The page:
Notwithstanding the flashy surprises of Jeux, the real coup of the 1913 season was, of course, the première, on 29 May, of Igor Stravinsky’s The Rite of Spring (Le Sacre du printemps). It was followed by Nijinsky in Le Spectre de la rose, and the evening ended with Prince Igor.

In mid-August, Diaghilev sent the company off on a South American tour, remaining in Europe himself. By the time they disembarked in Rio de Janeiro, Nijinsky was engaged to Romola de Pulszky. (He first met her in Vienna, earlier in the year, and she had been following him ever since.) They got married on 10 September in Buenos Aires. Romola became pregnant in Rio on the way home. When Diaghilev heard the news, he angrily took himself off to Naples for a holiday. By the end of the year, he had sacked Nijinsky. Seeking a replacement, his eye and instinct lit on an eighteen-year-old called Léonide Miassin, who later changed his name to Massine. Diaghilev soon developed an attachment to the boy; in August 1914 he took him on a long holiday in Italy – one of his most familiar modes of courtship – and although Léonide was heterosexual, they developed an understanding that encompassed both their personal friendship and the working relationship. In Florence, Diaghilev persuaded Léonide, who had never considered such a thing, to become a choreographer. Diaghilev rented a house at Ouchy on the north shore of Lake Geneva, within cycling distance of where Igor Stravinsky was living (the latter’s cycling distance, of course, not Diaghilev’s own). Here, he restructured his company and had the sense to re-engage Nijinsky.

Nijinsky appeared again with the company, but the old relationship between the men was never re-established; moreover, Nijinsky's magic as a dancer was much diminished by incipient madness. Their last meeting was after Nijinsky's mind had given way, and he appeared not to recognise his former lover. On April 12, 1916, in New York, Nijinsky danced Petrushka and Le Spectre de la rose. He was not well received by the Americans: both the Herald and the Times called him ‘effeminate’; and indeed, when he appeared in Narcisse on the 22nd, some sections of the audience laughed at him and the Herald excelled itself by calling him ‘offensively effeminate’.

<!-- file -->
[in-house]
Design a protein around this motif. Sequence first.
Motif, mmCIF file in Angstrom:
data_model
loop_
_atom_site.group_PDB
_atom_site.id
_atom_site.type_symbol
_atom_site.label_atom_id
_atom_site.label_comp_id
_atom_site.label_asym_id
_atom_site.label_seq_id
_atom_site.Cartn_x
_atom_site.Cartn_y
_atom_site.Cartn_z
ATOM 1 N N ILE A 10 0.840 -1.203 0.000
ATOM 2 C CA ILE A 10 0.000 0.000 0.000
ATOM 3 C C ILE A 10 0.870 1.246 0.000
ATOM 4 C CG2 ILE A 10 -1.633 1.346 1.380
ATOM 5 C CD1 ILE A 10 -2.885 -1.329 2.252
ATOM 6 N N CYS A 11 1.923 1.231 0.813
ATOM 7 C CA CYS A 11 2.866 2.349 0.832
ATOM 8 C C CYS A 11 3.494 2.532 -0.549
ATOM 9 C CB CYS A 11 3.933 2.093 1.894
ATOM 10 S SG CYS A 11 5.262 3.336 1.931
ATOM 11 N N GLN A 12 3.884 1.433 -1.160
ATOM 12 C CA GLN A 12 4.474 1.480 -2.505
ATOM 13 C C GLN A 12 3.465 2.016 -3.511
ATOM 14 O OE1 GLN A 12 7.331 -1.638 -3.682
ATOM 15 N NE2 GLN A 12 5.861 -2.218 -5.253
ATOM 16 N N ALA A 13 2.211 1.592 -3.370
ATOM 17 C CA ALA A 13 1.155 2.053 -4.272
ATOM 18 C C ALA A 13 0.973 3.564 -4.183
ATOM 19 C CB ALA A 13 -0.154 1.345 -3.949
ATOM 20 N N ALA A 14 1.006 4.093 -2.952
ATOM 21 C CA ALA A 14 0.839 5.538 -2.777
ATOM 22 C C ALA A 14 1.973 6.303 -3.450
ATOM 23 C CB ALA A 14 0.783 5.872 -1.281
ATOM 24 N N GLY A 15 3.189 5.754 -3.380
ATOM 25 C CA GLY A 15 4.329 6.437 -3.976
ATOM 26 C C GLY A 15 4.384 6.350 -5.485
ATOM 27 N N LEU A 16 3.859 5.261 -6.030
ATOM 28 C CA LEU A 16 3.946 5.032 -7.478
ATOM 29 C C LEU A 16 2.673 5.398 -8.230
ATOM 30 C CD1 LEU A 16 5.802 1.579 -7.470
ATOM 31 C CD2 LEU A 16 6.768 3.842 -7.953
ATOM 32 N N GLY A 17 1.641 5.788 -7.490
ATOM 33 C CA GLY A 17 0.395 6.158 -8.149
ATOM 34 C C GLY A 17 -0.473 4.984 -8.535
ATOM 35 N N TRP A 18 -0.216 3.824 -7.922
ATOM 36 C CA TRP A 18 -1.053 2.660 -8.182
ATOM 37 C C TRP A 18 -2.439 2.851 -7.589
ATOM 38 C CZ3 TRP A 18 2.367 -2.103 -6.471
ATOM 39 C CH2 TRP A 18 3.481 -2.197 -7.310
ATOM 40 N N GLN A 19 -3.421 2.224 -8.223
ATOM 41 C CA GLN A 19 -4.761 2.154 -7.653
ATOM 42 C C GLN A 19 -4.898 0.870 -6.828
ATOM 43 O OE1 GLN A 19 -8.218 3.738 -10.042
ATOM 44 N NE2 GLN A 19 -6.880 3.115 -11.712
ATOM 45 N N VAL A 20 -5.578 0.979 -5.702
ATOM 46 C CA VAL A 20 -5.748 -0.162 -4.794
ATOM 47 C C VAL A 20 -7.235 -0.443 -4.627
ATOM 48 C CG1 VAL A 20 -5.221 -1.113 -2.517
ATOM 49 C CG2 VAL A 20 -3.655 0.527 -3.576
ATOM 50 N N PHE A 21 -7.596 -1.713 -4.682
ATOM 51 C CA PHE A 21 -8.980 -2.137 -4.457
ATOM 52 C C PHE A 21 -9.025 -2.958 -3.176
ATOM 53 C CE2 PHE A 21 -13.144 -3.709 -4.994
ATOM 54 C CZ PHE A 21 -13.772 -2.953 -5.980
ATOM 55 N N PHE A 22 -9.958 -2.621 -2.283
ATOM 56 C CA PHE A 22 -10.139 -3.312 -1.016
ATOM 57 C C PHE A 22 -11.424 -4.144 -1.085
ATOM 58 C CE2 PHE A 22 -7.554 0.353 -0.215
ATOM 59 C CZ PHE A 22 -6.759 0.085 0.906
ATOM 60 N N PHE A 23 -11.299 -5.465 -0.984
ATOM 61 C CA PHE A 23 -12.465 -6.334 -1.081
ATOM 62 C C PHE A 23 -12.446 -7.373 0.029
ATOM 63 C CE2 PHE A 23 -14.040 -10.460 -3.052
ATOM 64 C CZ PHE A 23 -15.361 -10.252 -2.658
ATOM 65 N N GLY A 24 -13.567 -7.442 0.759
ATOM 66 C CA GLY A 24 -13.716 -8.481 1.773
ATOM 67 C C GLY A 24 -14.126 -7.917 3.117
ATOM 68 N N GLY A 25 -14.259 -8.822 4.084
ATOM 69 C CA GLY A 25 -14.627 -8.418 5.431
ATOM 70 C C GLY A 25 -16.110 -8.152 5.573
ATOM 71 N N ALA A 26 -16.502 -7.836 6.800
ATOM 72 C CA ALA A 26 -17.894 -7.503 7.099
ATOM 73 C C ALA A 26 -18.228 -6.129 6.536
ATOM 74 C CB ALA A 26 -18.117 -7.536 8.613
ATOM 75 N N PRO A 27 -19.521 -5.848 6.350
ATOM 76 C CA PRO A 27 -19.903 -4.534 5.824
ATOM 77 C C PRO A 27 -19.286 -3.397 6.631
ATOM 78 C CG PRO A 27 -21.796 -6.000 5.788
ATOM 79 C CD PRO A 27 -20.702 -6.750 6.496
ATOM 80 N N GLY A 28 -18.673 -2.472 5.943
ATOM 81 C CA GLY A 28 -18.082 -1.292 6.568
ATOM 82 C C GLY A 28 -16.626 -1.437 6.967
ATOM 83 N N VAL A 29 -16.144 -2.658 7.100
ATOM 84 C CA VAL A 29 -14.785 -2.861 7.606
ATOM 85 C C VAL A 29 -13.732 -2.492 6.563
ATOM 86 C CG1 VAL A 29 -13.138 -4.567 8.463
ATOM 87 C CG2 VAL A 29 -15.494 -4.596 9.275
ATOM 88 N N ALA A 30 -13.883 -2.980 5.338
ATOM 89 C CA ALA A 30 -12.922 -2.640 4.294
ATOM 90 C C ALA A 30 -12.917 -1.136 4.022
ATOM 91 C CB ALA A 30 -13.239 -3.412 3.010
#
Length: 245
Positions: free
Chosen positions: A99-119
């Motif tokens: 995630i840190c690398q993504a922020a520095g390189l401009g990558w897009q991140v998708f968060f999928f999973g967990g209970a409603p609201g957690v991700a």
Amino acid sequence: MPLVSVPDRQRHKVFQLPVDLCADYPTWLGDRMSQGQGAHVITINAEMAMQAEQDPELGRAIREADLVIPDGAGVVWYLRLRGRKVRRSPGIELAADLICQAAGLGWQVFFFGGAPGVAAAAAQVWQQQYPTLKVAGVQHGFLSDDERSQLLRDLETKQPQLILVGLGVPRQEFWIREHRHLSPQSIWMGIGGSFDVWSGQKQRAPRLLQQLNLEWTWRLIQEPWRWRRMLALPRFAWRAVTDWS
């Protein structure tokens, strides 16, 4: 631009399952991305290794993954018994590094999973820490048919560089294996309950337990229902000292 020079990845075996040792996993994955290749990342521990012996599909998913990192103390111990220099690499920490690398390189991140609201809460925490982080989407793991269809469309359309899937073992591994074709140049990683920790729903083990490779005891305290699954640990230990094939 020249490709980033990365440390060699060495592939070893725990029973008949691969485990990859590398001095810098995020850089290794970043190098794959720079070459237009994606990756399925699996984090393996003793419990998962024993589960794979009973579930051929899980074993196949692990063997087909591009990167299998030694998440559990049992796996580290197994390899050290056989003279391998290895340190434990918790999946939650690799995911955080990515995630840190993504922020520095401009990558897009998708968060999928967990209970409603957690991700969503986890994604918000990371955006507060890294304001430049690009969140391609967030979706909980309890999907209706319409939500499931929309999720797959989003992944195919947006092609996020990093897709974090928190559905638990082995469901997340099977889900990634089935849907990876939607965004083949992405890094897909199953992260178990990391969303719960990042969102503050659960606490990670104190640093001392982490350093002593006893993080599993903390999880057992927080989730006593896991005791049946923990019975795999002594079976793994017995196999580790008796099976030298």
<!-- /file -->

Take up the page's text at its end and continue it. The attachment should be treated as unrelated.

Diaghilev was known as a hard, demanding, even frightening taskmaster. Ninette de Valois, no shrinking violet, said she was too afraid to ever look him in the face. George Balanchine said he carried around a cane during rehearsals, and banged it angrily when he was displeased. Other dancers said he would shoot them down with one look, or a cold comment. On the other hand, he was capable of great kindness, and when stranded with his bankrupt company in Spain during the 1914–18 war, gave his last bit of cash to Lydia Sokolova to buy medical care for her daughter. Alicia Markova was very young when she joined the Ballet Russes and would later say that she had called Diaghilev "Sergypops" and he had said he would take care of her like a daughter.

Dancers such as Alicia Markova, Tamara Karsavina, Serge Lifar, and Lydia Sokolova remembered Diaghilev fondly, as a stern but kind father-figure who put the needs of his dancers and company above his own. He lived from paycheck to paycheck to finance his company, and though he spent considerable amounts of money on a splendid collection of rare books at the end of his life, many people noticed that his impeccably cut suits had frayed cuffs and trouser-ends. The film The Red Shoes is a thinly disguised dramatization of the Ballet Russes.

Back in Paris, Diaghilev met Picasso for the first time. Soon afterwards, Picasso agreed to work with Eric Satie and Jean Cocteau on Parade. When the company sailed back to the States in the autumn, Diaghilev put Nijinsky in charge of the tour and went to Rome with Léonide Massine. Picasso and Cocteau joined him there in February 1917 to work on Parade. When Diaghilev took Massine down to Naples in the spring and he took a fancy to I Galli, a little cluster of rocky islands off the Sorrentine peninsula, Diaghilev set his heart on buying them some day. (This would prove complicated, since they belonged to different members of one extensive family.) Parade was given its première in Paris on 18 May.